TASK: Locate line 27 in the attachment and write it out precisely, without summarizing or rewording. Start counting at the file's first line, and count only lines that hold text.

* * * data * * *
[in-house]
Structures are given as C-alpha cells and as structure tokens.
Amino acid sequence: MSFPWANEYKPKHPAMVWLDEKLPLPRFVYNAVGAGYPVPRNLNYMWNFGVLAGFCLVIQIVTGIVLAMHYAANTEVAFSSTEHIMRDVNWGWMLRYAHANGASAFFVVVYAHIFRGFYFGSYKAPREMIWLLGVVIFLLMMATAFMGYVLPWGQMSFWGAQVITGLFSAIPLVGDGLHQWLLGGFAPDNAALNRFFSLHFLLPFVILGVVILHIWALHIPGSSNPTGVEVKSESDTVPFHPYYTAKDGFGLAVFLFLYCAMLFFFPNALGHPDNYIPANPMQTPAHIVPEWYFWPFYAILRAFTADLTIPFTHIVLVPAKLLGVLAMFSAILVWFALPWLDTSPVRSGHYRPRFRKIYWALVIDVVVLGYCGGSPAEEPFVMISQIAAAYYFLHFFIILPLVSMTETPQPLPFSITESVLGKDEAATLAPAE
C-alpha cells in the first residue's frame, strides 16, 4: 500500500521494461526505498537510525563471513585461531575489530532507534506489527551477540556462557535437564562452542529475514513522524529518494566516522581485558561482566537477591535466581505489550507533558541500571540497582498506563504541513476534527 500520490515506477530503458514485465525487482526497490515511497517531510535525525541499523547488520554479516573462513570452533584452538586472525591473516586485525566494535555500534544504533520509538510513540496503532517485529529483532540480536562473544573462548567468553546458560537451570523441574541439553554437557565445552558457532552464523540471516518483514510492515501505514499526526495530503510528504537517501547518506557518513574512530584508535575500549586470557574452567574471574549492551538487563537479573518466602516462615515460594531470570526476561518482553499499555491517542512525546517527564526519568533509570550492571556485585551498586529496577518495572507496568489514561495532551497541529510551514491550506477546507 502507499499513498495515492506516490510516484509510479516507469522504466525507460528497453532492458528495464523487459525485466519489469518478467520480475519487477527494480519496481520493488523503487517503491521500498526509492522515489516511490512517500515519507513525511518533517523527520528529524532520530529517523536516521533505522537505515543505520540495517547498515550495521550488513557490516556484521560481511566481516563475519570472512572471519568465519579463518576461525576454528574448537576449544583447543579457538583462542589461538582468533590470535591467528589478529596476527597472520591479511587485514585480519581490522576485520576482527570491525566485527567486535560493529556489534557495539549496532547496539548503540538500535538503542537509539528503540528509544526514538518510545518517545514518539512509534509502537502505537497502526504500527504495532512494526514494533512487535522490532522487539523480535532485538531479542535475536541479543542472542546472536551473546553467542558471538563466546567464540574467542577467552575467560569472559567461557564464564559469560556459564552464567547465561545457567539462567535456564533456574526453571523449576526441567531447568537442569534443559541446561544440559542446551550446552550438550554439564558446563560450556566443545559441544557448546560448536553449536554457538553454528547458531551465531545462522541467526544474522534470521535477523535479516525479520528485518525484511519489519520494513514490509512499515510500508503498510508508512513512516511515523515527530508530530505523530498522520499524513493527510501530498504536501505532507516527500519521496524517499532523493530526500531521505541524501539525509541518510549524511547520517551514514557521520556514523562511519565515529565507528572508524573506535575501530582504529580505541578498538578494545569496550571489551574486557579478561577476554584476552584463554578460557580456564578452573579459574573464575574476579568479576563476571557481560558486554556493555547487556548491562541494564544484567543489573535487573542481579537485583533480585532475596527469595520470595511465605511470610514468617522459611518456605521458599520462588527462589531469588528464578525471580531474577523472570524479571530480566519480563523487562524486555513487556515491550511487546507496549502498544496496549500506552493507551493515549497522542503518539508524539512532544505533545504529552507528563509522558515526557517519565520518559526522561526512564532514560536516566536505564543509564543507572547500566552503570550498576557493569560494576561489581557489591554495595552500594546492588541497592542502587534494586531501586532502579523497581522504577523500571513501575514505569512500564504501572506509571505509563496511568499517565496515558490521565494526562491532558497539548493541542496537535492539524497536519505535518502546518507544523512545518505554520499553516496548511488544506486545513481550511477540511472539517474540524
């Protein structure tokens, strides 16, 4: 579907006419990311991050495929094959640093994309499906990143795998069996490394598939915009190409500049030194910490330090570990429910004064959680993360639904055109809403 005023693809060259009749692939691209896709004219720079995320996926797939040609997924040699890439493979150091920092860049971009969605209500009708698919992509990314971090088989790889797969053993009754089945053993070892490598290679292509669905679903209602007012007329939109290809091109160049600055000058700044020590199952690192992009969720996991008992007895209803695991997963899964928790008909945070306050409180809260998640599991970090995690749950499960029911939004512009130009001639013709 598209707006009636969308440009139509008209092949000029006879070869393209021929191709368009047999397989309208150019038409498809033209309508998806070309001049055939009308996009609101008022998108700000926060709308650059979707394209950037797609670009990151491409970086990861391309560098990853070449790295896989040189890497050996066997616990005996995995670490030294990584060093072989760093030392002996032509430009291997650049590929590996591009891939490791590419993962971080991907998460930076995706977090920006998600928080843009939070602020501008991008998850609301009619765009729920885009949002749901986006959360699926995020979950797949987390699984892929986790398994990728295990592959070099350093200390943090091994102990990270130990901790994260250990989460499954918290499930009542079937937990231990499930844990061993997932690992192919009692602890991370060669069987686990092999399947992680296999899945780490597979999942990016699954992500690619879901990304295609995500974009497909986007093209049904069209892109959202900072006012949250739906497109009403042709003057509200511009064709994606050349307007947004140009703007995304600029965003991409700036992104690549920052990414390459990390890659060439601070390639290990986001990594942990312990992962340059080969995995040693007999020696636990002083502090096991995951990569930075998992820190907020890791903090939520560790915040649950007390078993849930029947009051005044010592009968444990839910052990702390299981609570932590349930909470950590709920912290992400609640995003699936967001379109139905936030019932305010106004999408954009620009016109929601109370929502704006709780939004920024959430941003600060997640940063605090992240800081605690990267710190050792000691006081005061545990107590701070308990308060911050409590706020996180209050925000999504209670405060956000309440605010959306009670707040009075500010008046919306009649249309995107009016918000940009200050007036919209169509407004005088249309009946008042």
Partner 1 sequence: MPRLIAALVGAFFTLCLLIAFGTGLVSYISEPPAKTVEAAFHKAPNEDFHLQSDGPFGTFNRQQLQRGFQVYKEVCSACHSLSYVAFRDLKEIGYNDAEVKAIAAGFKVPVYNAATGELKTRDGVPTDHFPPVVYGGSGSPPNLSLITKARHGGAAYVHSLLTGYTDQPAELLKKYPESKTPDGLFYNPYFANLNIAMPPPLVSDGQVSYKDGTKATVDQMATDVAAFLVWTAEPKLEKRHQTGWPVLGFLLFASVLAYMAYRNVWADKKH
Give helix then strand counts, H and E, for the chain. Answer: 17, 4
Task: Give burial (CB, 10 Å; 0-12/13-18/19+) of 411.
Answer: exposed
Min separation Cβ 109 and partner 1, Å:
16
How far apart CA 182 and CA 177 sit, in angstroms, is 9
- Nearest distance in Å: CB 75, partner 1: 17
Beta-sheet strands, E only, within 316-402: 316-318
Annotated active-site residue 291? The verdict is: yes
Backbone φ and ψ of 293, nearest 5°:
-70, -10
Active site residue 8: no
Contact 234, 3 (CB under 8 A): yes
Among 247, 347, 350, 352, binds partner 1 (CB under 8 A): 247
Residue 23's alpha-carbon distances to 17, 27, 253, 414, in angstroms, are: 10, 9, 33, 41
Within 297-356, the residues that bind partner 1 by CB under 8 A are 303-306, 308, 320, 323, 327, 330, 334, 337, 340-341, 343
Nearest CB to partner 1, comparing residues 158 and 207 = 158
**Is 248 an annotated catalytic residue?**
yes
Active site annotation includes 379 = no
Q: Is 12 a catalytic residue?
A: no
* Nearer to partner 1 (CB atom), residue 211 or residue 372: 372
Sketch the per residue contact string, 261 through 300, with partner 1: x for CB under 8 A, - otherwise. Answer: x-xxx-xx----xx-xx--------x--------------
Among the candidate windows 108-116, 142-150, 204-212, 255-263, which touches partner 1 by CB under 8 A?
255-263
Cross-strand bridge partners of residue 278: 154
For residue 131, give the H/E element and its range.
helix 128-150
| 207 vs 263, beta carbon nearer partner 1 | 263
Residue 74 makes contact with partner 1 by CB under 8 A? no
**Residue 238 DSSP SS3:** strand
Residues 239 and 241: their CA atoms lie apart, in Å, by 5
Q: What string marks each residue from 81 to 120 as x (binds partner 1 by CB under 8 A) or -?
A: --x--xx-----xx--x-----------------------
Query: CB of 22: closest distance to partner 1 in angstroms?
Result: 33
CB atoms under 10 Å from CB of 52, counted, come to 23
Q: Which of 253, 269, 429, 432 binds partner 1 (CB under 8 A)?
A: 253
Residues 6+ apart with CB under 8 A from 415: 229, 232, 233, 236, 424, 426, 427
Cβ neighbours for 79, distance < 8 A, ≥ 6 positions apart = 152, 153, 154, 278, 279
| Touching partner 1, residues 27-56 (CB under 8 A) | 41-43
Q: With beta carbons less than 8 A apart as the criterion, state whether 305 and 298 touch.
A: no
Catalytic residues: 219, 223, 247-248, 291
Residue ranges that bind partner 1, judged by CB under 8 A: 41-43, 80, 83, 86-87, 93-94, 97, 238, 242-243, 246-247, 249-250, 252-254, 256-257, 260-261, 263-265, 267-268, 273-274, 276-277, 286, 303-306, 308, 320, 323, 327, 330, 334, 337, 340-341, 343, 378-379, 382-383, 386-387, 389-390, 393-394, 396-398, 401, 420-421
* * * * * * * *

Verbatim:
Q: Is 12 a catalytic residue?